Magazine

License Plate Recognition: It’s Grown Far Beyond Airports

By Michael Harlow

Most people in the parking industry have heard about automated license plate recognition (ALPR) to some degree, and they have seen the installations typically within the airport parking scope. Now, that’s all about to change.
ALPR technology has been used for years as an access control function for gated communities, and Visometrix sees the opportunities far beyond that of just parking.
“We had to design our ALPR system to work flawlessly, since it was the only means for a homeowner to enter their gated community,” says Barrington Hilsley, founder of the GateWorks Group company. “We are proud to say that our systems operate some of the finest gated communities in the nation, using our ALPR engine with extremely successful results.”
The newest application is installing the ALPR system in parking garages to thwart poaching parkers and those that validate throughout the day to obtain free parking. Having the ability to track vehicles entering and exiting the facility allows management to keep close watch on repeating violators.
Those vehicles can be flagged in the database, and alerts can be generated based on the frequency of the parker. The system generates a file with location of entry/exit, time, license plate and an overview image. So when confronting violators, you have indisputable proof they are in violation.
The application also can be used as a “soft nesting” feature. If you want your employees to use only one gate to enter/exit, the system can be flagged if the employee enters another location. The applications are almost limitless.
In this day and age of reducing costs, one of the best things about this type of ALPR technology is that there are no consumables to purchase. In a typical access control application, the system owner needs to purchase RFID tags, proximity cards, tokens or other credential devices – all at a cost to the owner and/or passed on to the users.
Since the system reads the license plate, there is nothing more to purchase.
“Another great benefit to the customer is the speed of the system,” Hilsley said. “The system can read plates up to 140 miles per hour (a touch fast to enter a gated community!), so speed is regulated for residents and the gate is opening before they even pass the guardhouse.”
The ALPR system -consists of a low-profile housing with a color overview camera, high-efficiency infrared (IR) illuminating LEDs and a black-and-white license plate capture camera. With the high-powered IR, the camera can see in total darkness for 24-hour operations.
The cameras have a varifocal lens that can be remotely focused with the included software to capture crisp images from 8 feet to 150 feet. The cameras are connected to the robust Visometrix proprietary ALPR software engine, which identifies and processes the plate information in a fraction of a second. The best part is that this system can be fixed or mobile, such as the company’s installations with units of the Orange County Sheriff’s Department.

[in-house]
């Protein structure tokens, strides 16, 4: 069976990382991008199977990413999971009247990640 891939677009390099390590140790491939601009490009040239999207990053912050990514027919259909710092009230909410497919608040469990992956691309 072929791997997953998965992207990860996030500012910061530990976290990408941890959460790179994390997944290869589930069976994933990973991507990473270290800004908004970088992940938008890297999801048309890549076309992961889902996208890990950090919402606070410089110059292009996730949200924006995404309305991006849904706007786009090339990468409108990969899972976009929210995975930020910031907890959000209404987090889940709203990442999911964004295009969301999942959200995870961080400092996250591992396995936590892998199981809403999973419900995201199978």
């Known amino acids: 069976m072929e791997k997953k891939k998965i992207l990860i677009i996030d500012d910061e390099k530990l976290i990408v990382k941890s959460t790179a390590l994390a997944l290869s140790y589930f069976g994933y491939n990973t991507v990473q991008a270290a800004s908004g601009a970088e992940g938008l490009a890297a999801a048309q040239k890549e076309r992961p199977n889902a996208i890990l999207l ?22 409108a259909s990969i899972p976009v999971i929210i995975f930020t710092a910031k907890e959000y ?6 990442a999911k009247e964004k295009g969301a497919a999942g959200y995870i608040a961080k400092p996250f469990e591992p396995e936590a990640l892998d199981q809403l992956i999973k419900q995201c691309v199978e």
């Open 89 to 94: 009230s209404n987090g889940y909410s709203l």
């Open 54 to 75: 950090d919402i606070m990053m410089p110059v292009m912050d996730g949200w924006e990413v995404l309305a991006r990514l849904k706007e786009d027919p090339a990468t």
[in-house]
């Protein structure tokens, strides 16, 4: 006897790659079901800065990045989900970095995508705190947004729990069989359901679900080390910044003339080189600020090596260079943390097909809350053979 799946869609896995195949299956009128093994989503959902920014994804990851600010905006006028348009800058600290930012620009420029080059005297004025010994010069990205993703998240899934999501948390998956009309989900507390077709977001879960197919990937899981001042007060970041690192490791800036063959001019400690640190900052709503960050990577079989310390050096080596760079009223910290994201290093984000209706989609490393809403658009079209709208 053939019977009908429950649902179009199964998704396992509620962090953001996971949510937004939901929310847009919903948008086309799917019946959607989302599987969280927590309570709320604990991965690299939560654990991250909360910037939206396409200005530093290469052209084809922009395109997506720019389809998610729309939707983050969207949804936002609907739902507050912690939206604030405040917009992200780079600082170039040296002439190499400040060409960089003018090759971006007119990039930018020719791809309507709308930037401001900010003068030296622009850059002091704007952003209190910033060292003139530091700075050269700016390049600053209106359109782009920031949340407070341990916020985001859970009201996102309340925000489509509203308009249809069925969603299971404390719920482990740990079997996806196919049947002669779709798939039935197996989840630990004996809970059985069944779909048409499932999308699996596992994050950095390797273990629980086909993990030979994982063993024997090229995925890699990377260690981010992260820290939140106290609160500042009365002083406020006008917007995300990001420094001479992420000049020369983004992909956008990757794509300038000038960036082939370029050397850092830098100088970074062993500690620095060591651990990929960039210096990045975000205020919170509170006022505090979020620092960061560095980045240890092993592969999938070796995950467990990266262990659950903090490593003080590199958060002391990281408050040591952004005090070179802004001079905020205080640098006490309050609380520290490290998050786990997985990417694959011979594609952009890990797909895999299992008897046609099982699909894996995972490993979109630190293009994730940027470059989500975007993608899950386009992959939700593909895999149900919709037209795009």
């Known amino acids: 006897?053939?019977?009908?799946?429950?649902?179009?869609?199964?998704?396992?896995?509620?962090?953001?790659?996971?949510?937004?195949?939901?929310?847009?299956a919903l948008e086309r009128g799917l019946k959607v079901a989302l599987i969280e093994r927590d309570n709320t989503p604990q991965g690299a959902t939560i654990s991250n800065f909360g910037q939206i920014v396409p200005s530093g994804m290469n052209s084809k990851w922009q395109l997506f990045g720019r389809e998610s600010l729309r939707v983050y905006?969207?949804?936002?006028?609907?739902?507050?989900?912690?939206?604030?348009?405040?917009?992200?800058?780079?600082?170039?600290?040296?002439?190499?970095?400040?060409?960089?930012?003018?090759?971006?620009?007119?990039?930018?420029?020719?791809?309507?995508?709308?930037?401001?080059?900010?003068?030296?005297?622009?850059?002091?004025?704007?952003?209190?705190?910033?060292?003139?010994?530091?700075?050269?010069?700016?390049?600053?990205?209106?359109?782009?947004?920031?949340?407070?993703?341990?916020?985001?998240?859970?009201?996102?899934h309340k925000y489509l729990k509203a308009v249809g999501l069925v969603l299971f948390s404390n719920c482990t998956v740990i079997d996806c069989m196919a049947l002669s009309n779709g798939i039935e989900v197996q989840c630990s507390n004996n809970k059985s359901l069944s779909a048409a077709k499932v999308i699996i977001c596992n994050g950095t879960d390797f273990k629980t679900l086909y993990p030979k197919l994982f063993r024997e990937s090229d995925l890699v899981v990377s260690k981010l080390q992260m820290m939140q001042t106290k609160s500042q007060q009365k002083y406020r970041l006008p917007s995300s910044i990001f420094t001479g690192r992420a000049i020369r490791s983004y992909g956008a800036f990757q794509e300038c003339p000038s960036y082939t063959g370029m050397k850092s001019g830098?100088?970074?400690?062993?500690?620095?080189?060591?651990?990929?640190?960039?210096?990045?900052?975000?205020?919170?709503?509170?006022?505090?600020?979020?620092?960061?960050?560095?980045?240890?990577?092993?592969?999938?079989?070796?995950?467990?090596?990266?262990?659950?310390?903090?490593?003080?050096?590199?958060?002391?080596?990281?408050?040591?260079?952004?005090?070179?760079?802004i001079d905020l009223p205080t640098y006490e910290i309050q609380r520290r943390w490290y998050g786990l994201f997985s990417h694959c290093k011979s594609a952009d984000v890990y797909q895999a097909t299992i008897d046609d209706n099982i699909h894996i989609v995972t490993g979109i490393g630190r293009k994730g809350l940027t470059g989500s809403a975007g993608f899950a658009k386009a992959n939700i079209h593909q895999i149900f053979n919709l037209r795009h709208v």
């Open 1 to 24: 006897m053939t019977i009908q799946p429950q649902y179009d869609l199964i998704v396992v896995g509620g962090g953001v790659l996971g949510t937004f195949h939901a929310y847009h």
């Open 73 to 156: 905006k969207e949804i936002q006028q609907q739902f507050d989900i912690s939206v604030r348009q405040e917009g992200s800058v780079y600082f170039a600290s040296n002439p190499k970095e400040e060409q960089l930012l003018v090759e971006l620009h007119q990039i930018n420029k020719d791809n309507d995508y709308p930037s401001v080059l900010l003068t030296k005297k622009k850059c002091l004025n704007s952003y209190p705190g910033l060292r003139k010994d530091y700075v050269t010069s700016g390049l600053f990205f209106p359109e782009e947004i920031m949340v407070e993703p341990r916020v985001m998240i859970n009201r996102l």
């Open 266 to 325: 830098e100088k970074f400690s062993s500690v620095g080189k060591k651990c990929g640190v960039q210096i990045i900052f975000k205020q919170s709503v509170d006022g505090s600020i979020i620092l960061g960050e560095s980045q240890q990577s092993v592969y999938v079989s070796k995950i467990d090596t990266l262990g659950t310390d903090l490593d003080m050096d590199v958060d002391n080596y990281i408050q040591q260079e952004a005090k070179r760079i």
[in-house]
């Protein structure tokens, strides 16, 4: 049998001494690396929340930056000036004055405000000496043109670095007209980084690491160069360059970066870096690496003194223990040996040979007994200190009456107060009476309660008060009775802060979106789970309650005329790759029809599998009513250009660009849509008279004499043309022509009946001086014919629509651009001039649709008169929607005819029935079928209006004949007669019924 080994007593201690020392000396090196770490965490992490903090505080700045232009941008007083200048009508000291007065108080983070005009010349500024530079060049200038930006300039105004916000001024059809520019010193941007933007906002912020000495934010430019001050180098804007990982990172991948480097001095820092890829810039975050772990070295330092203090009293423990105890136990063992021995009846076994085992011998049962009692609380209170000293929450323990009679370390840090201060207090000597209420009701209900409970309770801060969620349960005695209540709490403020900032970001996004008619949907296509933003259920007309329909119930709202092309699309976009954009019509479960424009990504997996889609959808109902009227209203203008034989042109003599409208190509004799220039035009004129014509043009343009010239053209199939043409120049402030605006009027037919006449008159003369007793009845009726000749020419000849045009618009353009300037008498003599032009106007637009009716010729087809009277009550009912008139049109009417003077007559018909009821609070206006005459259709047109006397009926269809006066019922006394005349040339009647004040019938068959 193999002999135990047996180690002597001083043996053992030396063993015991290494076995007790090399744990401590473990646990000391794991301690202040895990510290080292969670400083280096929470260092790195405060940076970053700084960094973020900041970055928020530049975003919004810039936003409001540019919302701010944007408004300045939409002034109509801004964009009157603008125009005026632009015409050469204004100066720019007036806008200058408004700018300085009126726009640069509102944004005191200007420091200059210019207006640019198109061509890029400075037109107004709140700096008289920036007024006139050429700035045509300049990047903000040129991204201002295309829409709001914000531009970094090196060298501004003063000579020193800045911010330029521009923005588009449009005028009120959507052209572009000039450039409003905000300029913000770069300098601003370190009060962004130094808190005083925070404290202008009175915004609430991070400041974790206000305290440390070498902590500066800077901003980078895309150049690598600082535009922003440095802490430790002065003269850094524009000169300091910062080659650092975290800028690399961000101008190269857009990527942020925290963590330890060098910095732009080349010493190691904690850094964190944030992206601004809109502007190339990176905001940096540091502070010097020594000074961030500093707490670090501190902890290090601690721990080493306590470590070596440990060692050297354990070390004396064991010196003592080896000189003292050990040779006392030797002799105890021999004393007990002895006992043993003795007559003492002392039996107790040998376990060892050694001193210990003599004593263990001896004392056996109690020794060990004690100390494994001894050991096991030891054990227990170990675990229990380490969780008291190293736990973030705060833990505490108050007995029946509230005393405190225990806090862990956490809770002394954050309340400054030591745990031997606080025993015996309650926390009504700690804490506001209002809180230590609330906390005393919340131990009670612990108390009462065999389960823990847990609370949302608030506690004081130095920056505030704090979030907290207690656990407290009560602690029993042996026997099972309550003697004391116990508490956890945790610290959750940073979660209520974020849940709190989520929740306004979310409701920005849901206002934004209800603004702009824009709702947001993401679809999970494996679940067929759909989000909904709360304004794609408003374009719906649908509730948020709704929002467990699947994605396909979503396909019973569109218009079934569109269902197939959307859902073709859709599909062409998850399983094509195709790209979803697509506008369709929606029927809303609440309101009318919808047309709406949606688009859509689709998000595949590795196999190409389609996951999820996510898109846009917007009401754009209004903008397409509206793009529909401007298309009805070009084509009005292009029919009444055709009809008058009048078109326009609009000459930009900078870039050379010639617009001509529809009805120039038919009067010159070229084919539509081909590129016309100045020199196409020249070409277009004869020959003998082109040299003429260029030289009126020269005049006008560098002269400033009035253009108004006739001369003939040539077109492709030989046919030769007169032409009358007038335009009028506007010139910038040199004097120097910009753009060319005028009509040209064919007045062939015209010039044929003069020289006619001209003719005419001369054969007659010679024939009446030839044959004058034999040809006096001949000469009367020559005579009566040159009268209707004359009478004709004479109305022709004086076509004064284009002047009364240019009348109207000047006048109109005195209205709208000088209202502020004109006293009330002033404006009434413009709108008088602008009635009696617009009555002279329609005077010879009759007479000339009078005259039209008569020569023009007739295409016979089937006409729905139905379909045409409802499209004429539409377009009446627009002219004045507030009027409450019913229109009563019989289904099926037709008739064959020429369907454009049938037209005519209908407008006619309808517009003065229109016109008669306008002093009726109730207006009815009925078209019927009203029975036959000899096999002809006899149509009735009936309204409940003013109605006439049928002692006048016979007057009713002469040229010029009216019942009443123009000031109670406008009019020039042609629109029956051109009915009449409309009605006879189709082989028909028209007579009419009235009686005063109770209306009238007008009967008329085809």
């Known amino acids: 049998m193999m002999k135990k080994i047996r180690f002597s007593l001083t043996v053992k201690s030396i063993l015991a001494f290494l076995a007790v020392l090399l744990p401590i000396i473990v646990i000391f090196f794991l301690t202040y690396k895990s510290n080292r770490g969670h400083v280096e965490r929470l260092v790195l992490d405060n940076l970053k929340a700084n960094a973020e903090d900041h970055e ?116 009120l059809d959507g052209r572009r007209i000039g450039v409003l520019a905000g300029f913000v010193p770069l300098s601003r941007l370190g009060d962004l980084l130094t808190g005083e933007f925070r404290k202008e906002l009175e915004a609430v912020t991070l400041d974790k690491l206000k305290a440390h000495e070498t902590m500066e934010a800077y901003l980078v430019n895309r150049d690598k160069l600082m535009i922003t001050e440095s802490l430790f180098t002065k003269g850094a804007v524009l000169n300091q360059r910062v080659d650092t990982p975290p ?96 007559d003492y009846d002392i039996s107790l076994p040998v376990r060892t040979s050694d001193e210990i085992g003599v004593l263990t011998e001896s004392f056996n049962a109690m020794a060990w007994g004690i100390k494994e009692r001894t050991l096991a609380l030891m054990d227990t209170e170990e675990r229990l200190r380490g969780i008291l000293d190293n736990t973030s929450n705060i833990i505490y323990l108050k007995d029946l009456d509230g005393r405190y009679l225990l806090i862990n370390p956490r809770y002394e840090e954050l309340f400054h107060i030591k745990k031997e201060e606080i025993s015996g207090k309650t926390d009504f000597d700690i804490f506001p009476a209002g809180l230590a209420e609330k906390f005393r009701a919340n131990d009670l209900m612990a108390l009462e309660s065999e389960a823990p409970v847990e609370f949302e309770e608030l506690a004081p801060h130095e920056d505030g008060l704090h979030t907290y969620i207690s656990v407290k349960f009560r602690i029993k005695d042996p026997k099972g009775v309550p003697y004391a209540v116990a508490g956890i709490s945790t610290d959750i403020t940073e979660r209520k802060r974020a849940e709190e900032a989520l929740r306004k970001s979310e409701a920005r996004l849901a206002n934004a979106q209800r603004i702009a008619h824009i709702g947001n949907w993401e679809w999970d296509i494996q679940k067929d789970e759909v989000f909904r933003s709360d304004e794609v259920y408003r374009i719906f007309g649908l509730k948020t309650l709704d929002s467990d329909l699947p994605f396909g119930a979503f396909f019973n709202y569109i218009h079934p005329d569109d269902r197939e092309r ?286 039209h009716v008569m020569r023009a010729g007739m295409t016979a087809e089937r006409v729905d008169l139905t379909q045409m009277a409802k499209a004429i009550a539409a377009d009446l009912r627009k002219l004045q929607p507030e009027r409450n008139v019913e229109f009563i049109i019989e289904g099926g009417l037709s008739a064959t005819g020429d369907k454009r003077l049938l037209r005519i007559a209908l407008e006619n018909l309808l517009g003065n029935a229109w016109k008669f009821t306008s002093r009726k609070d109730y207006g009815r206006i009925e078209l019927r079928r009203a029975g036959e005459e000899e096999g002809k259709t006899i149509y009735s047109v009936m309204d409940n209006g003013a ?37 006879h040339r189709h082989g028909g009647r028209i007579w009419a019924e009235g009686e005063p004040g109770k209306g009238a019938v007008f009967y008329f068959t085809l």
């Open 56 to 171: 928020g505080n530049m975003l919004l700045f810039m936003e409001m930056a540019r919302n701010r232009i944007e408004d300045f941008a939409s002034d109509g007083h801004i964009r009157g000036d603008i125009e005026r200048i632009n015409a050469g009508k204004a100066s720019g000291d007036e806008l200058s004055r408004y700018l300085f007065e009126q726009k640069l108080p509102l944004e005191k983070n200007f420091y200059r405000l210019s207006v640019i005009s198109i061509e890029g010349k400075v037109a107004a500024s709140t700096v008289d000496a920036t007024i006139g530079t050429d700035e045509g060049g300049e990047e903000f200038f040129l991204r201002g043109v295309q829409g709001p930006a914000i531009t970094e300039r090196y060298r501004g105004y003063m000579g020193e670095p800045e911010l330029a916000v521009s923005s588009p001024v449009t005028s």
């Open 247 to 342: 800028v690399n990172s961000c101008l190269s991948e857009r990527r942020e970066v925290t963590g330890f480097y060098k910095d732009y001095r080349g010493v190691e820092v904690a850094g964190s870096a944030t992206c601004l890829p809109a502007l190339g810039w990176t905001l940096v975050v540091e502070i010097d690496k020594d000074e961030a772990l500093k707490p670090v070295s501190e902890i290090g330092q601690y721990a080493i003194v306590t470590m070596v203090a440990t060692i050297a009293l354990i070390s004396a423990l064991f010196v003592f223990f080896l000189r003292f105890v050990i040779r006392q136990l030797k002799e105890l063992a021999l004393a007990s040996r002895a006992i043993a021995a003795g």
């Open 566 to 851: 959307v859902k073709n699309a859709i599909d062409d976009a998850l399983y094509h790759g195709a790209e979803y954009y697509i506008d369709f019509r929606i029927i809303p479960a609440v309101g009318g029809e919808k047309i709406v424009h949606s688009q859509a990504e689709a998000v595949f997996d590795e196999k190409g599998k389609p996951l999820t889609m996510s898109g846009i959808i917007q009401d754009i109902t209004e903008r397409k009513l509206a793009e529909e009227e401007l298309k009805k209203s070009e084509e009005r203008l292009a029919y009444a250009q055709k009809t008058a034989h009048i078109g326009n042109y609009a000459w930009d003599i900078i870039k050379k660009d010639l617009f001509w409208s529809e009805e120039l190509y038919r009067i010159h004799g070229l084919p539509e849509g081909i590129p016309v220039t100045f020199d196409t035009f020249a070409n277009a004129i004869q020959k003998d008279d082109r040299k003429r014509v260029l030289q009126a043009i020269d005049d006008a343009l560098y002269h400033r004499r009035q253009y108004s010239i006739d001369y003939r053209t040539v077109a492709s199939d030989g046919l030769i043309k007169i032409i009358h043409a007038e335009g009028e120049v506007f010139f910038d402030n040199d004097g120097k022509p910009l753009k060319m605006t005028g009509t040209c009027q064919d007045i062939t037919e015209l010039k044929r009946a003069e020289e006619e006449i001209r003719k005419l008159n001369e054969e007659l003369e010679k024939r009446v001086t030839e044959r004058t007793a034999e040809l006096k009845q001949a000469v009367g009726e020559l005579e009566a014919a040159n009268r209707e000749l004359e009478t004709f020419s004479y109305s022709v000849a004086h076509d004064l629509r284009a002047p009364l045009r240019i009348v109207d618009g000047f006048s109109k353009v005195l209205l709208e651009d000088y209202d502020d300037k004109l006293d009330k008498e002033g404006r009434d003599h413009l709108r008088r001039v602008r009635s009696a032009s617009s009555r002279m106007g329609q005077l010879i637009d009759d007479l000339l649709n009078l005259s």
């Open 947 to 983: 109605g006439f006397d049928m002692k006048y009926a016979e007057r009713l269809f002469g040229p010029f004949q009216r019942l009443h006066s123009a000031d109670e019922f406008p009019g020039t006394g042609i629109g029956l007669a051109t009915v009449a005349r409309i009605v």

Because the technology is so versatile, the department uses it as a law enforcement application. At the beginning of a deputy’s shift, all California law enforcement Internet information is sent from the back-office system wirelessly to the patrol vehicle.
Once the database has been transferred, the patrol vehicle has all the latest “hot list” information for that day. As the deputy goes about his regular shift, the ALPR system is constantly reading plates and usually captures up to 6,000 plates a shift. If a stolen, felony warrant, Amber Alert, DUI or other hot list vehicle plate is captured, the system will notify the deputy instantly.
Once the deputy returns from his shift, the information is wirelessly transferred from the vehicle to the back-office computer in a database format.
Data-mining is a great tool with this system as well. If a deputy knows of a suspect plate, he can enter it into the system, and if that plate has been recognized in the past, a history with a map and GPS coordinates shows where that vehicle was last seen and when.
This information works extremely well in access control and parking applications as well.
In relation to law enforcement, security is a major concern in access control applications. Since the cameras are combined in one unit, the color overview camera stream of information can be sent to a digital video recorder (DVR), and the other stream of information can be sent to the ALPR engine for access control and data-mining.
Since all information is time-stamped, if an event happens, the plate information is read by the ALPR engine and captured on the DVR, increasing the evidential trail.
Pricing for ALPR technology has come down considerably in recent years, making it almost as affordable as a standard access control system, without the consumables.
The technology also is scaled down to a rugged handheld license plate inventory (LPI) system with an integrated ALPR engine. This new unit is a true “point, shoot and capture” device that reduces the manual processing of information and can be used in such applications as hotels, parking lots, airports and more.
Having a choice is always a good thing. Having a choice with so many options is even better. Look into the world of automated license plate recognition, and you will be amazed at what you see.
Michael Harlow is Director of Business Development for Visometrix. Contact him at mharlow@visometrix.com.

Article Abstract from July, 2009




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